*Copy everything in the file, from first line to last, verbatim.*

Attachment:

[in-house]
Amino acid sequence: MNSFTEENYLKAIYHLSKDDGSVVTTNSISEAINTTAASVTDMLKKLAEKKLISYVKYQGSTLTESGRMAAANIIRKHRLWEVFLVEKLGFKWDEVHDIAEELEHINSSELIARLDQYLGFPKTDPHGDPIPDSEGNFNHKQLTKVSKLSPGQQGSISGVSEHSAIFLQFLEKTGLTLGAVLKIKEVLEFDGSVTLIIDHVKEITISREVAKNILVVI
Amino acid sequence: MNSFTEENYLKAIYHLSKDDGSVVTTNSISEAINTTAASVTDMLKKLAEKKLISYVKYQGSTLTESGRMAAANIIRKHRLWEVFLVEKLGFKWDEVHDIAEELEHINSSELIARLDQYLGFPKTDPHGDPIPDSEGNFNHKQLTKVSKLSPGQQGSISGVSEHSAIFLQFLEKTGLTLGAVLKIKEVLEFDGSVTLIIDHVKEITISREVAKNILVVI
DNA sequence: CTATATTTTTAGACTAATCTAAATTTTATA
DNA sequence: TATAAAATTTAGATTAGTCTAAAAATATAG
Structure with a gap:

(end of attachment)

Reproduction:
[in-house]
Amino acid sequence: MNSFTEENYLKAIYHLSKDDGSVVTTNSISEAINTTAASVTDMLKKLAEKKLISYVKYQGSTLTESGRMAAANIIRKHRLWEVFLVEKLGFKWDEVHDIAEELEHINSSELIARLDQYLGFPKTDPHGDPIPDSEGNFNHKQLTKVSKLSPGQQGSISGVSEHSAIFLQFLEKTGLTLGAVLKIKEVLEFDGSVTLIIDHVKEITISREVAKNILVVI
Amino acid sequence: MNSFTEENYLKAIYHLSKDDGSVVTTNSISEAINTTAASVTDMLKKLAEKKLISYVKYQGSTLTESGRMAAANIIRKHRLWEVFLVEKLGFKWDEVHDIAEELEHINSSELIARLDQYLGFPKTDPHGDPIPDSEGNFNHKQLTKVSKLSPGQQGSISGVSEHSAIFLQFLEKTGLTLGAVLKIKEVLEFDGSVTLIIDHVKEITISREVAKNILVVI
DNA sequence: CTATATTTTTAGACTAATCTAAATTTTATA
DNA sequence: TATAAAATTTAGATTAGTCTAAAAATATAG
Structure with a gap: